Musings of Geekdom by Eric Newton

tail /var/log/thoughts
posts - 88 , comments - 41 , trackbacks - 68

CFML and .NET - Marriage made in heaven

This is something I've been looking forward to for a while.  CFML style pages that can access .NET Components directly (without using COM interop, and without actually running in a Java runtime)

I remember back in the day of the start of my “professional” career back in 1998.  College was boring me, the Internet was hot, and money was flowing like wine at a French dinner table.  I busted out of college within the next month, and started writing a B2B app called “Floraplex” that linked retail shops directly to the flower growers in Columbia, Ecuador and so forth.

It was an absolutely fun project.  We wrote CFML spaghetti code, which I looked at with a bit of curiousity as to why there wasn't a better way (snicker)... we had a shoppingcart.cfm page that was 50kb long... mostly business logic code, including Credit card transaction interaction!  Heh, those were the days!  Quick prototyping, resonable performance (We had to restart the CF servers every week because of a long standing bug in the CF server v4.0 that leaked memory.)  Yeah, technically speaking it wasnt the most efficient from a machine's perspective... but man, the productivity.

We could bang out complex pages in a very short time... We had a screen that let the distributors list ALL their products and the associated discount rate / absolute price they would charge.  If they wanted to edit one product at a time, that was a slightly different screen.  This was for a mass change of pricing.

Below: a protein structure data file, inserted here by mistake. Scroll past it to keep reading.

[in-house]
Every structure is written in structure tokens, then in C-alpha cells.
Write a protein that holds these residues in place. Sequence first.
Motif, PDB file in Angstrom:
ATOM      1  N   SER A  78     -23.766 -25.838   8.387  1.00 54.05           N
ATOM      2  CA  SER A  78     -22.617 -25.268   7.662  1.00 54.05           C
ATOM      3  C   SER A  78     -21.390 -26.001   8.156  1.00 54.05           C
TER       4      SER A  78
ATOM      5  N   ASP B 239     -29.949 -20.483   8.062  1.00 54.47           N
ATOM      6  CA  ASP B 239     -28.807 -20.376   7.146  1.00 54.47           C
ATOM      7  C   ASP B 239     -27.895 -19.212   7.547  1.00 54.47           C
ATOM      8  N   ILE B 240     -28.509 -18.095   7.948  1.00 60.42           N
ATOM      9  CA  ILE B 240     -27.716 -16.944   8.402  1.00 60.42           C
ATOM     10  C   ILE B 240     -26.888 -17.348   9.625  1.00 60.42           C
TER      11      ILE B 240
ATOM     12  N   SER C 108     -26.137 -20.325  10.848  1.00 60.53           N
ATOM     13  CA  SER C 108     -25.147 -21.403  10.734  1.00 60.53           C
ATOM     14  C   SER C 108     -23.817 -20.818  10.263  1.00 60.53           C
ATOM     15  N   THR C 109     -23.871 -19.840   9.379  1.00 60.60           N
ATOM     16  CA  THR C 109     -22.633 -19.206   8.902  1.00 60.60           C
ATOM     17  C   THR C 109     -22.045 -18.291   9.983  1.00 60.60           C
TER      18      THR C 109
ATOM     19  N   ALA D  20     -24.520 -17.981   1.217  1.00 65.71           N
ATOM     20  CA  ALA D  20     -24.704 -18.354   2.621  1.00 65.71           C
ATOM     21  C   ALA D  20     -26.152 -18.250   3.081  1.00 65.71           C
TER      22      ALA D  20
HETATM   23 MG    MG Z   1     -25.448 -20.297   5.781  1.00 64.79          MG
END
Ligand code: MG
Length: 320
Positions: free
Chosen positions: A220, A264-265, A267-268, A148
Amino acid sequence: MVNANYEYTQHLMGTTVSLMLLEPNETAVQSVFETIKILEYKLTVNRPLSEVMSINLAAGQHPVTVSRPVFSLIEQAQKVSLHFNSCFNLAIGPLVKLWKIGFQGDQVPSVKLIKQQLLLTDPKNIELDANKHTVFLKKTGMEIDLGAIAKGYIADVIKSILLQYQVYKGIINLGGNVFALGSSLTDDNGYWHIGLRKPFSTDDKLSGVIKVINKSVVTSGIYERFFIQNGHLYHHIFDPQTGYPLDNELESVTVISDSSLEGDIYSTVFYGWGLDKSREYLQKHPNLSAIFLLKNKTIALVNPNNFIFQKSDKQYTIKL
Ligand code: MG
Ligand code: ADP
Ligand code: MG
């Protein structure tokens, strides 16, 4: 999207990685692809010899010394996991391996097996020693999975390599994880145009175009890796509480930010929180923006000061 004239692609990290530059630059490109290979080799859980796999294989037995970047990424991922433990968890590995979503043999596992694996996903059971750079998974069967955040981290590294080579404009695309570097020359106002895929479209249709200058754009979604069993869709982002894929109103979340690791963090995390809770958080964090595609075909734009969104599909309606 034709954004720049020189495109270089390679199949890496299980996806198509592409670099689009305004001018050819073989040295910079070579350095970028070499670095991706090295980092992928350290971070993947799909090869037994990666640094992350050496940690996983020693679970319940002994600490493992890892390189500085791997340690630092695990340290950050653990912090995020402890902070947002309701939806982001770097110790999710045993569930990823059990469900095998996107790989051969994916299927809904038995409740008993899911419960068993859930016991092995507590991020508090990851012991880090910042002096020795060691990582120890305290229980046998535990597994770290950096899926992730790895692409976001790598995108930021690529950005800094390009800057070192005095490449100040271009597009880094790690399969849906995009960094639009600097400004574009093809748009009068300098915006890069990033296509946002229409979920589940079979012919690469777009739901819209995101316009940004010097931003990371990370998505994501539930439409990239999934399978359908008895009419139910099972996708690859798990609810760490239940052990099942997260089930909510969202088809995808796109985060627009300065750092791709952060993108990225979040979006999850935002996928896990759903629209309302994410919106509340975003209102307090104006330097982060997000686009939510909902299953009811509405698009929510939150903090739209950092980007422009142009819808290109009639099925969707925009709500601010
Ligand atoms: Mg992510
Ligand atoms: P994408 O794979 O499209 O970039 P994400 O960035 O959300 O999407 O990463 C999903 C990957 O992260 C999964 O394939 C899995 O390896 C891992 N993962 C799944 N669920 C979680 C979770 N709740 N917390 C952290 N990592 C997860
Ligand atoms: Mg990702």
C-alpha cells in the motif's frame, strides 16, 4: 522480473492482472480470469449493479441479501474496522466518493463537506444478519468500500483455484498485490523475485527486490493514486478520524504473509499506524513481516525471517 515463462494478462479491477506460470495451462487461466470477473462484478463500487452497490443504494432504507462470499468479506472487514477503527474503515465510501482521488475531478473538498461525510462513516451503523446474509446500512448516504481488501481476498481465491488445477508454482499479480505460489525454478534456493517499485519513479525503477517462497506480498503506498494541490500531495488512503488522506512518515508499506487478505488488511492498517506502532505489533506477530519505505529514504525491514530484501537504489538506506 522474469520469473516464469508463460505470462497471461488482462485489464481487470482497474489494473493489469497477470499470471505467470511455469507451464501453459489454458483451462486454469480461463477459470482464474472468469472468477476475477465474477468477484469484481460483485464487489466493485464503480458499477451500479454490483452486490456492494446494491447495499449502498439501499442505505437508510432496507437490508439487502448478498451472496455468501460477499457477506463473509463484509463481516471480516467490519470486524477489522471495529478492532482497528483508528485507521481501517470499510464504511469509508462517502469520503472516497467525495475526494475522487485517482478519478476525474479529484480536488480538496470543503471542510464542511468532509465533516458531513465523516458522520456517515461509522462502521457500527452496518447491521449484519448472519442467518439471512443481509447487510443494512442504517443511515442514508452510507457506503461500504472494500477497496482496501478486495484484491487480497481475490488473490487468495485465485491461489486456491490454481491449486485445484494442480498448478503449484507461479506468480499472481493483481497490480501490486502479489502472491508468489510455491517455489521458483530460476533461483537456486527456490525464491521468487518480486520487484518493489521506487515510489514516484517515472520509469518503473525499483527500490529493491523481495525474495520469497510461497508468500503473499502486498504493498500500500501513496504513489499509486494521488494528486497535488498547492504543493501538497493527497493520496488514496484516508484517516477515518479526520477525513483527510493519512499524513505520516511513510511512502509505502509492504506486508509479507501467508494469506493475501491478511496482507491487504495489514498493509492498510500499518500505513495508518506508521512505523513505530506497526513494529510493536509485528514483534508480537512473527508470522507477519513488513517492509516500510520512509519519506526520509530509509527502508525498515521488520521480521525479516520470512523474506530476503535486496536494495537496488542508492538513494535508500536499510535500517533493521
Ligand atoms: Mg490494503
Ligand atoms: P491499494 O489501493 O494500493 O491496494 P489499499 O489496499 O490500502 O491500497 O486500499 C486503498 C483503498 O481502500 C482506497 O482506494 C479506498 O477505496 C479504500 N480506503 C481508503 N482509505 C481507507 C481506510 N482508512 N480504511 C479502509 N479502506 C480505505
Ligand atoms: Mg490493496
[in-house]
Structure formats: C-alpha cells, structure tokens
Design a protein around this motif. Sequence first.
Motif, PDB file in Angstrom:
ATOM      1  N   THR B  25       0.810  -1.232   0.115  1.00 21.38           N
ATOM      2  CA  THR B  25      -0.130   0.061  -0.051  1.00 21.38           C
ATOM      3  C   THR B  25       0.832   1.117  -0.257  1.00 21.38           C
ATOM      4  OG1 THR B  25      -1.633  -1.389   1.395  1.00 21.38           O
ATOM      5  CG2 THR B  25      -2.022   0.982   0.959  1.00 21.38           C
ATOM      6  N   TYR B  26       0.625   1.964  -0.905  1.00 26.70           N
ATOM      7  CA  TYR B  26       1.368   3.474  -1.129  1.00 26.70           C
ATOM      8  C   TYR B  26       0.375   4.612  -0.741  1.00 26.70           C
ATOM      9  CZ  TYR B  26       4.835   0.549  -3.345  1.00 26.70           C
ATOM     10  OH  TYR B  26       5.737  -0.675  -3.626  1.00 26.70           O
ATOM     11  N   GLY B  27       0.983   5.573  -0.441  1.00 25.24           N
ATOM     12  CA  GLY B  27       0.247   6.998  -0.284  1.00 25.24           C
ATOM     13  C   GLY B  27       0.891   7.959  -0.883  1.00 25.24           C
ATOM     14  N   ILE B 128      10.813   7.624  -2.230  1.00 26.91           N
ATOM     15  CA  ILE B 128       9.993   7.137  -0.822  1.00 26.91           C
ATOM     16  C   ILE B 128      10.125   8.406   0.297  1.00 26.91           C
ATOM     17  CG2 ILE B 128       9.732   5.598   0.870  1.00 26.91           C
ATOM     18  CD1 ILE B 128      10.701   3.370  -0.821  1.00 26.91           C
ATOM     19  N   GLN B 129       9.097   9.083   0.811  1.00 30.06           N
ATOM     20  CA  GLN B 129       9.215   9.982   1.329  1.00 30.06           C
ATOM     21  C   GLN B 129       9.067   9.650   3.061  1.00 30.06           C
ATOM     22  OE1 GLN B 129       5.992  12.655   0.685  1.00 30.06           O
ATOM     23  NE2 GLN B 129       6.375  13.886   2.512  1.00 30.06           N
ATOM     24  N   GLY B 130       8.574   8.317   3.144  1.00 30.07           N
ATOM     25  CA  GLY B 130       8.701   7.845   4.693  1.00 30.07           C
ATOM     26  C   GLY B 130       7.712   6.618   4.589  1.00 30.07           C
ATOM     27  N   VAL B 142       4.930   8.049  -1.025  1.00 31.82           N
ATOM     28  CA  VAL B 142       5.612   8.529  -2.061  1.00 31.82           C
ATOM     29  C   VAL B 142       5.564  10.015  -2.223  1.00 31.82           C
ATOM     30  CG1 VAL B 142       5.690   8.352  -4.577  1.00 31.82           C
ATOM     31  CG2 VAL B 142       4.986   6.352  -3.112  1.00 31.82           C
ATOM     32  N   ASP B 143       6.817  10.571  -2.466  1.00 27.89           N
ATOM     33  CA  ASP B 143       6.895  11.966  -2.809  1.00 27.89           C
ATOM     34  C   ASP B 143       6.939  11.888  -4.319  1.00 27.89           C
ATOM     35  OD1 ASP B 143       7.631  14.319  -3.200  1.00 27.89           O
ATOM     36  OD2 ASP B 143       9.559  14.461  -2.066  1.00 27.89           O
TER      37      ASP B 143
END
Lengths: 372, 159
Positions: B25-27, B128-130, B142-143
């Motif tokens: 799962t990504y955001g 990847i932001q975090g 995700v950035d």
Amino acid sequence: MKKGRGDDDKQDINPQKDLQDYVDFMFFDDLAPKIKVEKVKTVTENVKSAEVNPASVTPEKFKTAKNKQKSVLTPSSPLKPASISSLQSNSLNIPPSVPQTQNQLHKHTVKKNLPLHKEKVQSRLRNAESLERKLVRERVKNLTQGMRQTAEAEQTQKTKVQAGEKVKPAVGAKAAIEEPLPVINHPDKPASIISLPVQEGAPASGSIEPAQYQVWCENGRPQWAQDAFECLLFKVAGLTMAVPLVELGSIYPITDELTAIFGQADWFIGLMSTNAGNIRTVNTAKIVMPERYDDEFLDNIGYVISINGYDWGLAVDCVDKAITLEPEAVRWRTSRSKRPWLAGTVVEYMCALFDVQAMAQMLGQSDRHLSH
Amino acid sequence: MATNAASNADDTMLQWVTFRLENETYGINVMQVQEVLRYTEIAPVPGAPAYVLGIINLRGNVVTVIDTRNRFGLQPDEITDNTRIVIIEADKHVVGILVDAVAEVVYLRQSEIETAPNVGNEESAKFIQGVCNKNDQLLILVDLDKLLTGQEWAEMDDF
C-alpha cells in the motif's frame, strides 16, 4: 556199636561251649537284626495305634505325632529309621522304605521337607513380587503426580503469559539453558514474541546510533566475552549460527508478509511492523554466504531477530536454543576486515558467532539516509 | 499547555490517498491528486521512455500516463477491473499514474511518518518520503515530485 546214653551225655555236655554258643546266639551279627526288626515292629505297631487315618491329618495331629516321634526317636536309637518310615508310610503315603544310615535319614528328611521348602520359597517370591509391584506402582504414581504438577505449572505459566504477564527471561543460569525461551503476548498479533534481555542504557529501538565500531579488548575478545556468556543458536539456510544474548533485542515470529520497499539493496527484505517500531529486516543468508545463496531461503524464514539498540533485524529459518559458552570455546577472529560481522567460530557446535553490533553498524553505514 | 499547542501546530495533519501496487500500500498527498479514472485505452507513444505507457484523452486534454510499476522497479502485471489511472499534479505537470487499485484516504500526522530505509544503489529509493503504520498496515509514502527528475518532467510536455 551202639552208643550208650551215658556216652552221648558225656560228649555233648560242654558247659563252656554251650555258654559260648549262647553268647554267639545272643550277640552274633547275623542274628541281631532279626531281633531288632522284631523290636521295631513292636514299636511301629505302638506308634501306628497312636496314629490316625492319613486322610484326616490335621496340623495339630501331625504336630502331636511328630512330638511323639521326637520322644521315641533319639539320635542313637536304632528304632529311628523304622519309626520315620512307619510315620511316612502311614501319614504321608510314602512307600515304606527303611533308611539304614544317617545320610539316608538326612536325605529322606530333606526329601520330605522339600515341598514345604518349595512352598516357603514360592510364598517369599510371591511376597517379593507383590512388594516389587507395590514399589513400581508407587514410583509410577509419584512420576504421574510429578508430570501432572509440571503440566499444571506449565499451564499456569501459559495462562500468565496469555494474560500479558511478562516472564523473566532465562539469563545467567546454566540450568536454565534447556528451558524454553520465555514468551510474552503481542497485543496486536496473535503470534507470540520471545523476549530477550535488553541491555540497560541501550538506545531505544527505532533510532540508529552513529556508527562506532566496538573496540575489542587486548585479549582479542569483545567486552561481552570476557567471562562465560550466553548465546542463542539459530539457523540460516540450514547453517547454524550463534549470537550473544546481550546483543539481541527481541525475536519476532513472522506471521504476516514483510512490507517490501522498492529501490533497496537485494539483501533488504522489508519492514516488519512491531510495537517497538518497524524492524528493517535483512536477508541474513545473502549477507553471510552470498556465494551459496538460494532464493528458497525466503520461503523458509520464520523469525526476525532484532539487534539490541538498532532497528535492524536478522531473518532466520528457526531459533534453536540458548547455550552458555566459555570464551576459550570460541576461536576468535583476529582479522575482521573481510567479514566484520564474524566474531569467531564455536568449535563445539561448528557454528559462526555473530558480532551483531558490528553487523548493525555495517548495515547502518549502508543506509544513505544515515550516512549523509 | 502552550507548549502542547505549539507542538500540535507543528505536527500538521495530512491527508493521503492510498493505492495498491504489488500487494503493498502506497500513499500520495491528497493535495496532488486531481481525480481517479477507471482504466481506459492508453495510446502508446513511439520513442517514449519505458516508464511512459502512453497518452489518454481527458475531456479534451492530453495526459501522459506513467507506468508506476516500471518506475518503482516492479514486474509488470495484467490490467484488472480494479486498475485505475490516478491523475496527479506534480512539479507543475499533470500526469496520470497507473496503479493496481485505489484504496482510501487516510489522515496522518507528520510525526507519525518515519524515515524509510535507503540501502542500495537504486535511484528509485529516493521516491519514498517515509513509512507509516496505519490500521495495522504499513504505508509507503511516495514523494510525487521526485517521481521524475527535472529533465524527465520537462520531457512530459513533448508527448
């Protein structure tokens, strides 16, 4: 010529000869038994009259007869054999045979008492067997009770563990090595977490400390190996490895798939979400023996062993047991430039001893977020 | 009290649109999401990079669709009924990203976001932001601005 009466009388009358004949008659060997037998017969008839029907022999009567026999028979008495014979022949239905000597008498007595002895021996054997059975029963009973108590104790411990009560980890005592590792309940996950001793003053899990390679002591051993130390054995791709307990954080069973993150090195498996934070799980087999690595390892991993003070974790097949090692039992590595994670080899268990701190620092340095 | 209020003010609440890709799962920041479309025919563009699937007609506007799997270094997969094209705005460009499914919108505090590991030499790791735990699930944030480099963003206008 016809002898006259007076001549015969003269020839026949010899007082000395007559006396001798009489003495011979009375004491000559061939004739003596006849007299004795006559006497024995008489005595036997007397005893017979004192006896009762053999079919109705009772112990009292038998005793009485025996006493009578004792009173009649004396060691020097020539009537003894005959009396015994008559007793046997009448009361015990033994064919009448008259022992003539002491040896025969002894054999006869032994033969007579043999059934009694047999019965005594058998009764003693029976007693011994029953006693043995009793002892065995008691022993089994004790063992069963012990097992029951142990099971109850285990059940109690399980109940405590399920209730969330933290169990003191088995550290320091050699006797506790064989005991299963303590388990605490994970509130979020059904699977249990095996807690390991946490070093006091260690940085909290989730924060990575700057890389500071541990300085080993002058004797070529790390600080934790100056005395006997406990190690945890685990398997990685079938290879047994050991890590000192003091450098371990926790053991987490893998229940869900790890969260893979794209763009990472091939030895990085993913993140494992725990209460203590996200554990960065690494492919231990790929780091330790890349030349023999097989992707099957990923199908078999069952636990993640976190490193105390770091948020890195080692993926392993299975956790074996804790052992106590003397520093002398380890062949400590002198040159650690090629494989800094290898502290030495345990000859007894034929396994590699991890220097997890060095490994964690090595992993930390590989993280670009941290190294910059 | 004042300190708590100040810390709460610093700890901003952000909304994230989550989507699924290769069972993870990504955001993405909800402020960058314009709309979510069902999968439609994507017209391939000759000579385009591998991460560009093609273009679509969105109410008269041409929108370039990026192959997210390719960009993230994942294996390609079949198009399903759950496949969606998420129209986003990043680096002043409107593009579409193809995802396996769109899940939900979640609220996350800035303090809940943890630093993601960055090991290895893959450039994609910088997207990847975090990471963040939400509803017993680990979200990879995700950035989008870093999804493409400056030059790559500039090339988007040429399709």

I've recently run into a very similar problem with a current project.  I'm building an ASP.Net GridView to do this, but its difficult trying to get the right things done at the right time... I'm 2 hours into it, and still trying to FIGURE OUT ASP.NET.  (Even though I've been using it since .NET 1.0 b1)  I fondly remember being able to get work done orders of magnitude faster in CF.

And today, I run across a blog post about this BlueDragon... and I'm eagerly waiting for it to download so I can get my hands dirty in it.  IMO, its the best of both worlds: Markup for doing simple HTML rendering tasks (ie, group these things by Category) without using some of these master-detail views that to me look horribly inefficient... (but “work” with ASP.Net's lifestyle)

I'll report back with results... but so far it looks awesome!   Maybe I'll finally enjoy writing web apps again...

Print | posted on Monday, August 22, 2005 2:32 PM |

Feedback

Comments are closed.
Comments have been closed on this topic.

Powered by: